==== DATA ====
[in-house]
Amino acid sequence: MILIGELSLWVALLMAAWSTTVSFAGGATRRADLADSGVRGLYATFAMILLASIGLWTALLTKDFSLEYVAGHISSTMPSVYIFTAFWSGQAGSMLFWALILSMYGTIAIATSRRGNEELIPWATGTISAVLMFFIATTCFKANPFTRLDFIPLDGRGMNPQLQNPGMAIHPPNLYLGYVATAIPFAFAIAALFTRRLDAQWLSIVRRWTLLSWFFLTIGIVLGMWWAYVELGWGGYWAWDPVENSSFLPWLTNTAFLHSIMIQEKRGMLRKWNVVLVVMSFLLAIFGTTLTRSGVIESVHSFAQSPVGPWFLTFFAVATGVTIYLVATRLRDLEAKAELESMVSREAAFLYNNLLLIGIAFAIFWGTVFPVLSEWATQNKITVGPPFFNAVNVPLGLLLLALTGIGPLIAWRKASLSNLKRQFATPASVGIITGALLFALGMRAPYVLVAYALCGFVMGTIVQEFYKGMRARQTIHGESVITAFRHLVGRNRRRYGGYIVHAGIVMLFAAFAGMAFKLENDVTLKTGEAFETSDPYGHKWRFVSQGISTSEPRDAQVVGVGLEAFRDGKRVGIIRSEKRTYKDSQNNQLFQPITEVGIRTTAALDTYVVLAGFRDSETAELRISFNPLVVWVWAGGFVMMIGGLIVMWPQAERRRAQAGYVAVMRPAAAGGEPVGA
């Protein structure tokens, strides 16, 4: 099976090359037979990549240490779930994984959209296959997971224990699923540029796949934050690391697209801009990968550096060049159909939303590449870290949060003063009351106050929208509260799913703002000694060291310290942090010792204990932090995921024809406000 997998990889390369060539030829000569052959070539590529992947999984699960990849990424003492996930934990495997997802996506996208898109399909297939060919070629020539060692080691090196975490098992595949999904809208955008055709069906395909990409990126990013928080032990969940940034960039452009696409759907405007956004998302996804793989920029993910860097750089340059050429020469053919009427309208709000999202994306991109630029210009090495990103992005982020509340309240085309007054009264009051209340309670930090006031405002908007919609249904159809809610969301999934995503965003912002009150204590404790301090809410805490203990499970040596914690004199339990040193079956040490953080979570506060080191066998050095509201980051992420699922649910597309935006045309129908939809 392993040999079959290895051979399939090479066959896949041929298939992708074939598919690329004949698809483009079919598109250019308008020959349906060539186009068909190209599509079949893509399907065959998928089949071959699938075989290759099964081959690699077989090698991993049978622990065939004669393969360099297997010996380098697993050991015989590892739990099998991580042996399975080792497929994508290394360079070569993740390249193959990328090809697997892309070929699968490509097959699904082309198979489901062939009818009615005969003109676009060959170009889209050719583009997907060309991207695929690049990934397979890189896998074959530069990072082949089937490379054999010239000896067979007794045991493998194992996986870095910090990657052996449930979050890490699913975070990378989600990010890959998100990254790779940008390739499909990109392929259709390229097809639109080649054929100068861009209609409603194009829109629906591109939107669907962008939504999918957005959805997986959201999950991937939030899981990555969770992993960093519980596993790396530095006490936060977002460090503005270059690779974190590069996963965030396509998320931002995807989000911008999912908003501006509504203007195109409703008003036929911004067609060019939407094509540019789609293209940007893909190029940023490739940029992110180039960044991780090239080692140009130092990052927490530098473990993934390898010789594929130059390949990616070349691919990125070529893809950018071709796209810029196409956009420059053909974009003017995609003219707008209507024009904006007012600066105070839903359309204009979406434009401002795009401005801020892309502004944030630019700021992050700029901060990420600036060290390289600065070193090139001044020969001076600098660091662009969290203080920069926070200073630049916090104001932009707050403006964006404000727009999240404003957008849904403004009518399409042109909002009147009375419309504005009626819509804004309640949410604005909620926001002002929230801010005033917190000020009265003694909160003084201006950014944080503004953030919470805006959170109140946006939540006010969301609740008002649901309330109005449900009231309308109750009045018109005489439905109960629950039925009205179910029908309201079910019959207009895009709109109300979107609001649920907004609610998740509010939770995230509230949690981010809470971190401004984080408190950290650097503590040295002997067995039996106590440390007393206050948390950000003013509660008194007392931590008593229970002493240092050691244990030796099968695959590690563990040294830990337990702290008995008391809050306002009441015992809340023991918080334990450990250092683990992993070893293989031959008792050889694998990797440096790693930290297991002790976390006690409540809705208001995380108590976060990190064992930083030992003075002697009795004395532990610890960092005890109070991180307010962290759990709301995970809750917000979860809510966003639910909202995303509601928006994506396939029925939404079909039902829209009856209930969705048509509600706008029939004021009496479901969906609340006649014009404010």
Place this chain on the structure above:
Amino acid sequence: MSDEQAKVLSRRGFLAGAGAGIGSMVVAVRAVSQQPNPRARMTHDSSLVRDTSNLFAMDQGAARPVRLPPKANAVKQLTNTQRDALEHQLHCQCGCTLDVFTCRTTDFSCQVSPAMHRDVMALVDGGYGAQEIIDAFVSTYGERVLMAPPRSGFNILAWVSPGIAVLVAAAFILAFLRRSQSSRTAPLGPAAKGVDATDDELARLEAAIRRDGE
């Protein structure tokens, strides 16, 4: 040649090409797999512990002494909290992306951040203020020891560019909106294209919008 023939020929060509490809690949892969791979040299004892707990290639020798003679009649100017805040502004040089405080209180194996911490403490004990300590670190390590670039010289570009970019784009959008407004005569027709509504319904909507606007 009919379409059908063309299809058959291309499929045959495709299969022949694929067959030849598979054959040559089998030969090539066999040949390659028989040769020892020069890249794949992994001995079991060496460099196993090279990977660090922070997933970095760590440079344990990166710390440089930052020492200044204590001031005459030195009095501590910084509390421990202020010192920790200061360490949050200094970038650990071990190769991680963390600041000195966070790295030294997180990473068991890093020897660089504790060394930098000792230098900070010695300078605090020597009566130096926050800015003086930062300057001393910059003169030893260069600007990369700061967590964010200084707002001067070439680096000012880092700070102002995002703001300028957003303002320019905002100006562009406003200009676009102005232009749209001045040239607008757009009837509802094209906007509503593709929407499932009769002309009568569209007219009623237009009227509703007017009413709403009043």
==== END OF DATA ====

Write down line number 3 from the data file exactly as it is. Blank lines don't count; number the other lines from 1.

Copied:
């Protein structure tokens, strides 16, 4: 099976090359037979990549240490779930994984959209296959997971224990699923540029796949934050690391697209801009990968550096060049159909939303590449870290949060003063009351106050929208509260799913703002000694060291310290942090010792204990932090995921024809406000 997998990889390369060539030829000569052959070539590529992947999984699960990849990424003492996930934990495997997802996506996208898109399909297939060919070629020539060692080691090196975490098992595949999904809208955008055709069906395909990409990126990013928080032990969940940034960039452009696409759907405007956004998302996804793989920029993910860097750089340059050429020469053919009427309208709000999202994306991109630029210009090495990103992005982020509340309240085309007054009264009051209340309670930090006031405002908007919609249904159809809610969301999934995503965003912002009150204590404790301090809410805490203990499970040596914690004199339990040193079956040490953080979570506060080191066998050095509201980051992420699922649910597309935006045309129908939809 392993040999079959290895051979399939090479066959896949041929298939992708074939598919690329004949698809483009079919598109250019308008020959349906060539186009068909190209599509079949893509399907065959998928089949071959699938075989290759099964081959690699077989090698991993049978622990065939004669393969360099297997010996380098697993050991015989590892739990099998991580042996399975080792497929994508290394360079070569993740390249193959990328090809697997892309070929699968490509097959699904082309198979489901062939009818009615005969003109676009060959170009889209050719583009997907060309991207695929690049990934397979890189896998074959530069990072082949089937490379054999010239000896067979007794045991493998194992996986870095910090990657052996449930979050890490699913975070990378989600990010890959998100990254790779940008390739499909990109392929259709390229097809639109080649054929100068861009209609409603194009829109629906591109939107669907962008939504999918957005959805997986959201999950991937939030899981990555969770992993960093519980596993790396530095006490936060977002460090503005270059690779974190590069996963965030396509998320931002995807989000911008999912908003501006509504203007195109409703008003036929911004067609060019939407094509540019789609293209940007893909190029940023490739940029992110180039960044991780090239080692140009130092990052927490530098473990993934390898010789594929130059390949990616070349691919990125070529893809950018071709796209810029196409956009420059053909974009003017995609003219707008209507024009904006007012600066105070839903359309204009979406434009401002795009401005801020892309502004944030630019700021992050700029901060990420600036060290390289600065070193090139001044020969001076600098660091662009969290203080920069926070200073630049916090104001932009707050403006964006404000727009999240404003957008849904403004009518399409042109909002009147009375419309504005009626819509804004309640949410604005909620926001002002929230801010005033917190000020009265003694909160003084201006950014944080503004953030919470805006959170109140946006939540006010969301609740008002649901309330109005449900009231309308109750009045018109005489439905109960629950039925009205179910029908309201079910019959207009895009709109109300979107609001649920907004609610998740509010939770995230509230949690981010809470971190401004984080408190950290650097503590040295002997067995039996106590440390007393206050948390950000003013509660008194007392931590008593229970002493240092050691244990030796099968695959590690563990040294830990337990702290008995008391809050306002009441015992809340023991918080334990450990250092683990992993070893293989031959008792050889694998990797440096790693930290297991002790976390006690409540809705208001995380108590976060990190064992930083030992003075002697009795004395532990610890960092005890109070991180307010962290759990709301995970809750917000979860809510966003639910909202995303509601928006994506396939029925939404079909039902829209009856209930969705048509509600706008029939004021009496479901969906609340006649014009404010």